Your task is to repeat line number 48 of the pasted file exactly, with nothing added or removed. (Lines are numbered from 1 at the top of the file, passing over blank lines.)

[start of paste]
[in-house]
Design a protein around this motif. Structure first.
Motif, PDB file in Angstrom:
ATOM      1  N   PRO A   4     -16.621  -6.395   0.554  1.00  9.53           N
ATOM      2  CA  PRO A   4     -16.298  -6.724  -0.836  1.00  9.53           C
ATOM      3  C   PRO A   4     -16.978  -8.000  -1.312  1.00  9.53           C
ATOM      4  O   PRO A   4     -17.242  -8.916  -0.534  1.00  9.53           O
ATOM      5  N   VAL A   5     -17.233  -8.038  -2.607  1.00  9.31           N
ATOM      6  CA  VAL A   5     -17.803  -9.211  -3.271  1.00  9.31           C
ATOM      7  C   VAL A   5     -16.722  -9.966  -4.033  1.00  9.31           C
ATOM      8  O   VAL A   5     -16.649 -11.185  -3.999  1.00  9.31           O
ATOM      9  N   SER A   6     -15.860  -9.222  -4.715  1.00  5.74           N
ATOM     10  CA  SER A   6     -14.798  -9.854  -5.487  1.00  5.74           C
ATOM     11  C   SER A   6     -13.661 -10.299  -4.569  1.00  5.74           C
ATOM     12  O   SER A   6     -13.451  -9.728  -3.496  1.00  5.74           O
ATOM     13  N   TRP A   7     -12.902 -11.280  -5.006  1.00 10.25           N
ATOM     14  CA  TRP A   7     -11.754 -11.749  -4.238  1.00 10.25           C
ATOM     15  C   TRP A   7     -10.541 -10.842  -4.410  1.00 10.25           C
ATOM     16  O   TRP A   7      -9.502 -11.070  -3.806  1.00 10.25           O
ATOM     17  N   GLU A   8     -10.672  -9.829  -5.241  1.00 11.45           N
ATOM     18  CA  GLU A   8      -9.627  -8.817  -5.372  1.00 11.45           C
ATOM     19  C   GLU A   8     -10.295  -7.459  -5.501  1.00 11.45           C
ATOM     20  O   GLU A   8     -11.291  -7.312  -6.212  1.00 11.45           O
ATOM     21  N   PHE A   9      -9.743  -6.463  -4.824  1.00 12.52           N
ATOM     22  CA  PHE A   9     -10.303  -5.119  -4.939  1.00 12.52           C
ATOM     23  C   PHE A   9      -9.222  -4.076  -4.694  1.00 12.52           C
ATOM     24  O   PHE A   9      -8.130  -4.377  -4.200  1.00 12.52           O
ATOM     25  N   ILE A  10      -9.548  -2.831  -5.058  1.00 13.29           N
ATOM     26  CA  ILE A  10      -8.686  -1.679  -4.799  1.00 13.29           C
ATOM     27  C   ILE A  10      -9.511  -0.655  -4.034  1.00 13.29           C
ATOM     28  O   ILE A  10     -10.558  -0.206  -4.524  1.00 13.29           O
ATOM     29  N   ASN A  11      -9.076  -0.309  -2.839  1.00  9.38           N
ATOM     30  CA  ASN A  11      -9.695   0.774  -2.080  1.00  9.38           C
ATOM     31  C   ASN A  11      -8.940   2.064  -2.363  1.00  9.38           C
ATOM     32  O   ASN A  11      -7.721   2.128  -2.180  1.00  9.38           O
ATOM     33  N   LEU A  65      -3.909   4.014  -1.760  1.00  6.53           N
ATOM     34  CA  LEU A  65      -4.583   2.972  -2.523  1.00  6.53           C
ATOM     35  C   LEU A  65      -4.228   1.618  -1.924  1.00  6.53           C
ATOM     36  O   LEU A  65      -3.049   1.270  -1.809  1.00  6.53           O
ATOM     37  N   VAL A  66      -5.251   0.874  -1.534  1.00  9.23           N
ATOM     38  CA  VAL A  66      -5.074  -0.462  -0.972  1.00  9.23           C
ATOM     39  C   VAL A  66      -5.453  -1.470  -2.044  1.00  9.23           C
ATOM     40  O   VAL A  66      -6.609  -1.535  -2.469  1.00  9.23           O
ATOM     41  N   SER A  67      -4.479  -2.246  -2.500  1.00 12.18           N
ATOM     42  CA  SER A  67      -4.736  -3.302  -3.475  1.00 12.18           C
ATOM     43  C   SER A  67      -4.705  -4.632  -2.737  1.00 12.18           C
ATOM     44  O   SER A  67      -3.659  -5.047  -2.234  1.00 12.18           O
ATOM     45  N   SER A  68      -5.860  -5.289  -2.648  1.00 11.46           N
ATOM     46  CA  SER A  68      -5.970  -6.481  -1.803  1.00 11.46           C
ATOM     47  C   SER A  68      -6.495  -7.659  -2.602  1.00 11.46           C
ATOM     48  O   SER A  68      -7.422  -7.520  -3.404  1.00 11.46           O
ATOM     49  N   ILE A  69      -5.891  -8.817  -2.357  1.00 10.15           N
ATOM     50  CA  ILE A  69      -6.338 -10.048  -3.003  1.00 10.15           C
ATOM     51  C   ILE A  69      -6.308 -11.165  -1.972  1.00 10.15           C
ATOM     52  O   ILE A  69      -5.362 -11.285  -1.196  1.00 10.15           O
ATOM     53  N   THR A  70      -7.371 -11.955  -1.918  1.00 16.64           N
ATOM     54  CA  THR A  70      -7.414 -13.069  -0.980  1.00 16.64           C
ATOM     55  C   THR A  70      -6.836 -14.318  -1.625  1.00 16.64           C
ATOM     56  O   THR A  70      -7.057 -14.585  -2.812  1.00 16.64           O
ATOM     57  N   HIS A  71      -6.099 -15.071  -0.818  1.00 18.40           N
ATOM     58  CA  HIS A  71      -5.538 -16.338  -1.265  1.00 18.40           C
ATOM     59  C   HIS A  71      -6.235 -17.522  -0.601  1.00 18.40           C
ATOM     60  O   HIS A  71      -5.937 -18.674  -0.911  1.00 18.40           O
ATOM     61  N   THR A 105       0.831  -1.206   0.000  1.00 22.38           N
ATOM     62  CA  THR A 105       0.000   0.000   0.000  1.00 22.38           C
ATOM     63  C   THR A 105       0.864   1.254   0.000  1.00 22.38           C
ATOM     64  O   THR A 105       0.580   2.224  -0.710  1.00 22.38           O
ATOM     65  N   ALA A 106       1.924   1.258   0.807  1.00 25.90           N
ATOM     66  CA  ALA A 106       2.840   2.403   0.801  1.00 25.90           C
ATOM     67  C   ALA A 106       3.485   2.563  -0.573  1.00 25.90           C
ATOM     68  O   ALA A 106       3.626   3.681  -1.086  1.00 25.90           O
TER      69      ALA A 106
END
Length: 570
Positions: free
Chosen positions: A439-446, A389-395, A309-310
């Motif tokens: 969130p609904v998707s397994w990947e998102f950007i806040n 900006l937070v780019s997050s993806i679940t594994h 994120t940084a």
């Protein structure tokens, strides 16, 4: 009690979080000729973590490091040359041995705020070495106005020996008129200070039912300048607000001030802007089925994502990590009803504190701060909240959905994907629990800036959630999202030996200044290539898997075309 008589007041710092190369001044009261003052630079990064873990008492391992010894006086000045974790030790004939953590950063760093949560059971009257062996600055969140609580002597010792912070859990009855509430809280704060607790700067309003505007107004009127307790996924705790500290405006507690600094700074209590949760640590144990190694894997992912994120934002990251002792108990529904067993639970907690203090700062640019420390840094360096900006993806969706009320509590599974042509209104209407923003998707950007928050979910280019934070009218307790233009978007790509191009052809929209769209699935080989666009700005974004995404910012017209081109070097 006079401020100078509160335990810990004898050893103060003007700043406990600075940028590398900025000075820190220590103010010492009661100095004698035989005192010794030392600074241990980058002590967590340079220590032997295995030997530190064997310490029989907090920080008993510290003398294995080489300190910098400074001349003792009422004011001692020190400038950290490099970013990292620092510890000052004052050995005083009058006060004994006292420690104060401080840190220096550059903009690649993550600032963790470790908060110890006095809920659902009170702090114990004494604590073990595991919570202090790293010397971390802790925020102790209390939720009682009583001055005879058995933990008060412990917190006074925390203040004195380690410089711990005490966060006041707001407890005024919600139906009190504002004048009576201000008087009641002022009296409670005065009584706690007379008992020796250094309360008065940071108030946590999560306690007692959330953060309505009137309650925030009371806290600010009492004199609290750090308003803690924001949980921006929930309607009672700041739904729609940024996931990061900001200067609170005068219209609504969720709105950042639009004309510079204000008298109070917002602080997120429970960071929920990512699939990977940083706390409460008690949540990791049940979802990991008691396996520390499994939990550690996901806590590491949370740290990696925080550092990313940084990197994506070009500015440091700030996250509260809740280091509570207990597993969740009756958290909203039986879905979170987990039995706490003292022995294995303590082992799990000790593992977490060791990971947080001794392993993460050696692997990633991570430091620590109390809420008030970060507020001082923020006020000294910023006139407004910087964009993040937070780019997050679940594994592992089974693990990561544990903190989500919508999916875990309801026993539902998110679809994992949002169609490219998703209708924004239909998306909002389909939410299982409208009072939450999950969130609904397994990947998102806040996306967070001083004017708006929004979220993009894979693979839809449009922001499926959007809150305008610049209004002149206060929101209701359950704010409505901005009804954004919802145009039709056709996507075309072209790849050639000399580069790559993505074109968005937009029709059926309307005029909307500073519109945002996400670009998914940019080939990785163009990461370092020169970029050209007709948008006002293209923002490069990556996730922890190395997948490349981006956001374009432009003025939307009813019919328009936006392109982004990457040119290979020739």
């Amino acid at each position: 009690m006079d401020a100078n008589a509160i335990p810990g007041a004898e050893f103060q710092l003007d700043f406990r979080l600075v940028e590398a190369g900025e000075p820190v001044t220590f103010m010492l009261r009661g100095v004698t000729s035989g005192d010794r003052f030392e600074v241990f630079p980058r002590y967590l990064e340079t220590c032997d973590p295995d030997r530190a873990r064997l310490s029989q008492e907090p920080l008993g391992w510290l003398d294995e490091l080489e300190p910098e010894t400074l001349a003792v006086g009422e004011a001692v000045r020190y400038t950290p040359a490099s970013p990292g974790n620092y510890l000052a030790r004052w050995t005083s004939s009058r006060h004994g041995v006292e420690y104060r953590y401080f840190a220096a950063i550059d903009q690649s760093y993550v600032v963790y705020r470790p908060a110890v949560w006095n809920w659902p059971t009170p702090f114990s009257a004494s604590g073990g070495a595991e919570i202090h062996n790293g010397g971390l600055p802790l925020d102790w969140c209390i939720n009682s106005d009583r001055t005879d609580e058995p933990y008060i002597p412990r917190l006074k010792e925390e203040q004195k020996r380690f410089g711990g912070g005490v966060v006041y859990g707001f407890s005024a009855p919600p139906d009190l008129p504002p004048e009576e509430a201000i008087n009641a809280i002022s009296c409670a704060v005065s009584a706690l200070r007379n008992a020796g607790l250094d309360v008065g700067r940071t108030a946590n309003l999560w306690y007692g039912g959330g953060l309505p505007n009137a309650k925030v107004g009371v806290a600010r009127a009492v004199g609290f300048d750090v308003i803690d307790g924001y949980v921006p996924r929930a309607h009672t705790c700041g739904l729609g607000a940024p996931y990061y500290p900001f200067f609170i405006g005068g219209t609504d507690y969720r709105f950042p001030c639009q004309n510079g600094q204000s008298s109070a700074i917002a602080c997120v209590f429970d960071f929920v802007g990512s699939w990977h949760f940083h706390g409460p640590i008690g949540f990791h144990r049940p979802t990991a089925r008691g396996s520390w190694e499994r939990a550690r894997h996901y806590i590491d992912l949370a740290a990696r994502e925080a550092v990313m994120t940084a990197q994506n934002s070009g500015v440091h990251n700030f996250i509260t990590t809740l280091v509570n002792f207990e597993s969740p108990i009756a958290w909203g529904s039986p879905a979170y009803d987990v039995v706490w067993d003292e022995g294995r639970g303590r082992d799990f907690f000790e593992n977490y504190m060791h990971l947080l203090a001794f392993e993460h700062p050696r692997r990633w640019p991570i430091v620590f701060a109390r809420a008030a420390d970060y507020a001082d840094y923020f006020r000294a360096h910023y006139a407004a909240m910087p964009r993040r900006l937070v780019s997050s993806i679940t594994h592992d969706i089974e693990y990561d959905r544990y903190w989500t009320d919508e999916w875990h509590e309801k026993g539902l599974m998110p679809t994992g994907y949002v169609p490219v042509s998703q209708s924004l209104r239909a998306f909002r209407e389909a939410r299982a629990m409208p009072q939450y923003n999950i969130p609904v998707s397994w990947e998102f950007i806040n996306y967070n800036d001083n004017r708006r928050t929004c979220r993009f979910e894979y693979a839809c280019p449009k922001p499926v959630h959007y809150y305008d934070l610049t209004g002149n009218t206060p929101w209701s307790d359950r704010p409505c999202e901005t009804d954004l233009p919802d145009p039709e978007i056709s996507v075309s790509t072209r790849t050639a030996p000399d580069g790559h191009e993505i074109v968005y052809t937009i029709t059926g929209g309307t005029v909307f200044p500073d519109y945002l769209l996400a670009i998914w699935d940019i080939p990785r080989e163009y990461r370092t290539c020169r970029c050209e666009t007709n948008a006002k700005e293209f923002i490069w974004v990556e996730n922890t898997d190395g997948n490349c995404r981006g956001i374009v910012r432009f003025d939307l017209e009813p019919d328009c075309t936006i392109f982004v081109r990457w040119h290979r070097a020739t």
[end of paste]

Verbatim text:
ATOM     45  N   SER A  68      -5.860  -5.289  -2.648  1.00 11.46           N